Nearly half of the households in La Crosse County are struggling to afford basic necessities. A study conducted by the United Way of Wisconsin exposes the alarming reality in the community.
The study, conducted through the ALICE initiative (Asset Limited Income Restrained Employed), found 11 percent of La Crosse County households live in poverty, while 32 percent fall under the ALICE threshold.
This means people may be earning an income above the federal poverty level, but they're still struggling to afford basic necessities like healthcare, transportation and food.
Meme Maholovic and her family may seem like they're earning a salary big enough to take them on vacations. But a hard reality in La Crosse, hits close to home for the Maholovic family.
"If you have to choose between paying a bill and putting food on the table, that bill is gonna win out because you don't wanna lose your house you don't wanna lose your car," said Meme Maholovic, an Onalaska resident.
United Way officials say 43 percent of households in the La Crosse County are experiencing financial struggles.
"These are people that have full time jobs, that are working hard that are taking care of kids if they have kids, but struggle to maintain a household that meets all the bills," said Mary Kay Wolf, executive director of Great Rivers United Way.
And that's exactly the case for Meme, whose son was diagnosed with autism at the age of seven, and medical bills, added to their list of challenges.
"You have his med checks which happen every two to three months depending on the doctor so at the time he was still seeing a pediatrician and that bill was 135 to 150 dollars," Maholovic said.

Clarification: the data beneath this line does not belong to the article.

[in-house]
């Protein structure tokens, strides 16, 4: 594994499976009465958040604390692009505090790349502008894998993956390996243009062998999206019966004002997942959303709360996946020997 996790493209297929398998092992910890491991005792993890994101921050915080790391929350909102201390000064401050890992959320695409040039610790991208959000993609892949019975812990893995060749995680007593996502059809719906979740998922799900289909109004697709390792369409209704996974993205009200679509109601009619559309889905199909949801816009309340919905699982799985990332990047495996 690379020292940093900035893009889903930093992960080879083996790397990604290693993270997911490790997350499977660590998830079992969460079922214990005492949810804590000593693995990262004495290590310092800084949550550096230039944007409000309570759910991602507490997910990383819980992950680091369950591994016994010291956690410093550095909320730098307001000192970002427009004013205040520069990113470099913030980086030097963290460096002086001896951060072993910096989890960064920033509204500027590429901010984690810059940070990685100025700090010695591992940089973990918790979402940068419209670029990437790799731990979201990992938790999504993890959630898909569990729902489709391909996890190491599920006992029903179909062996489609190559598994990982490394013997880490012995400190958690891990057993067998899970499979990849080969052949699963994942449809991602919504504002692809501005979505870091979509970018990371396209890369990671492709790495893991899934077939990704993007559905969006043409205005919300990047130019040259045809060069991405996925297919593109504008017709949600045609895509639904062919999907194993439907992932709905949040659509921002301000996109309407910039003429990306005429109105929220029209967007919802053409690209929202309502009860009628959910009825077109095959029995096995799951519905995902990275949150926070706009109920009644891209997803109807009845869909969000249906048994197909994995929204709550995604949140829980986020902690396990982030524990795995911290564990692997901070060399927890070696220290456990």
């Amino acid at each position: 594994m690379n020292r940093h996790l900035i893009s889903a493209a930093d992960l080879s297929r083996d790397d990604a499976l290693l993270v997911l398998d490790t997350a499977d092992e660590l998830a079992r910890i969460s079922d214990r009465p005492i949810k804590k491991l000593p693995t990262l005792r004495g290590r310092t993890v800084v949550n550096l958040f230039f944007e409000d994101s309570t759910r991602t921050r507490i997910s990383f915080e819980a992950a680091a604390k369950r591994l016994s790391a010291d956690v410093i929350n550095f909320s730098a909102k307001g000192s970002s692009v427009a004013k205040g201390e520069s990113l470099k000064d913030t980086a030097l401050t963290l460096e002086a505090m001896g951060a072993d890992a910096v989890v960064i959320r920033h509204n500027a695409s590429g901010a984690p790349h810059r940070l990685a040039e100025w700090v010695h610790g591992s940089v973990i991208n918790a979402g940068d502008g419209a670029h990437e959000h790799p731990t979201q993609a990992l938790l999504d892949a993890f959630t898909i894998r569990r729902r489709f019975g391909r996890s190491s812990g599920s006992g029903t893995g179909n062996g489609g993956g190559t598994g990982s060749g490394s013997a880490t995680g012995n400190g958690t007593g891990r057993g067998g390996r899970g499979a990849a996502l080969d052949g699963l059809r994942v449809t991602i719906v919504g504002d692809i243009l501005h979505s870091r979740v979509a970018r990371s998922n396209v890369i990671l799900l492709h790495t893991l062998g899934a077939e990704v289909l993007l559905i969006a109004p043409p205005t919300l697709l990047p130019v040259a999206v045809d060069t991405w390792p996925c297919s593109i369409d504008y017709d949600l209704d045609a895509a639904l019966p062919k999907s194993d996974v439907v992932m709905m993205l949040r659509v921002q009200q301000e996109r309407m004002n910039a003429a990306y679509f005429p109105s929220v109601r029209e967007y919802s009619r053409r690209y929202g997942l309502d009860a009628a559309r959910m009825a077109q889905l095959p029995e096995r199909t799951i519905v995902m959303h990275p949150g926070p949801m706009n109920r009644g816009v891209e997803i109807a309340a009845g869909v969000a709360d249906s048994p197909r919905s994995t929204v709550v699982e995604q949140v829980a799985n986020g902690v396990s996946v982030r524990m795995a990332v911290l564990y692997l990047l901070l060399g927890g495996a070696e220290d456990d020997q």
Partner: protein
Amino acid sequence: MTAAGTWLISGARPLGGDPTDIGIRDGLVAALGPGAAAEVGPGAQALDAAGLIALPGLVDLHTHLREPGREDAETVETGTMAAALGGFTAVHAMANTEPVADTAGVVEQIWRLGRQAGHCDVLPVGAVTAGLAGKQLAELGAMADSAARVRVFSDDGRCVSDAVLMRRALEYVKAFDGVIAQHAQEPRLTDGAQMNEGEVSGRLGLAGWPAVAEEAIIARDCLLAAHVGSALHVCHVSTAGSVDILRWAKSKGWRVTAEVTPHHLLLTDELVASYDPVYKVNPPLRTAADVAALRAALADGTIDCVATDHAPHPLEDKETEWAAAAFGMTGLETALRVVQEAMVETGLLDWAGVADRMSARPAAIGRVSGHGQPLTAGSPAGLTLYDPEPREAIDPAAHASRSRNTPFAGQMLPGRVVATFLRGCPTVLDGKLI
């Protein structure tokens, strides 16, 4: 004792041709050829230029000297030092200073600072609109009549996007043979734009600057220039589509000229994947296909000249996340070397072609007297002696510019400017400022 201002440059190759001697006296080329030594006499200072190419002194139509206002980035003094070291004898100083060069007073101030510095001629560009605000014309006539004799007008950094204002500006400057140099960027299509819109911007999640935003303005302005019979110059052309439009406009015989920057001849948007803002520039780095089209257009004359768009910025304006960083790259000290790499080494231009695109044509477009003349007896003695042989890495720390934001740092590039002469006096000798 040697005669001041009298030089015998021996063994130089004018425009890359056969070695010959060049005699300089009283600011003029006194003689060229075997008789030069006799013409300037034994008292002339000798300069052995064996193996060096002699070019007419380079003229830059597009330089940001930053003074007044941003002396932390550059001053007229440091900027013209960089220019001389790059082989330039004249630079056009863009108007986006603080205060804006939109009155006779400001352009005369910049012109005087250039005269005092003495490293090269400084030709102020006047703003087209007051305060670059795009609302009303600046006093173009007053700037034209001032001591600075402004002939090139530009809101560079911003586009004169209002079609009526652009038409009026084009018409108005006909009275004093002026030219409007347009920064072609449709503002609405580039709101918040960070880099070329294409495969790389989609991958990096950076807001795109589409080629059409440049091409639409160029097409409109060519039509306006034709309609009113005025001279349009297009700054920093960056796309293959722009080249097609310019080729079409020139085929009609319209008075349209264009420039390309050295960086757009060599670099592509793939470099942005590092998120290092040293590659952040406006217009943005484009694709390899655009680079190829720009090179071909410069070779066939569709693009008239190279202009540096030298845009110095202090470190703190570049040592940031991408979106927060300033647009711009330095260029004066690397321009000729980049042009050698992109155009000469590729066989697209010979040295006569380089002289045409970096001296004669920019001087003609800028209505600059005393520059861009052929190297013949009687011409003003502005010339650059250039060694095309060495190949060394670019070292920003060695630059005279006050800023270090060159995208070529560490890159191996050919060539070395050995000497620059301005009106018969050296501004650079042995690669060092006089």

And even though Meme and her husband are both working full-time jobs, United Way officials say there are specific guidelines that need to be met in order to meet the ALICE threshold.
"They make enough money to not be in poverty but they make too much money to fall into where government services might apply," said Wolf.
Meme and her husband are both making around 19 dollars an hour, but her husband's nursing hours aren't always guaranteed and she says it's just enough money to be able to support their families basic needs.
"You're just at that cusp, you know, one wrong move and the dominoes will fall," she said.
United Way officials say on a survival budget in La Crosse, a person with no children must make at least $10.90 an hour to be able to pay just the bare minimum of bills. This doesn't include savings.
For a family with two children, they must be making at least $27 an hour to afford child care and other bills.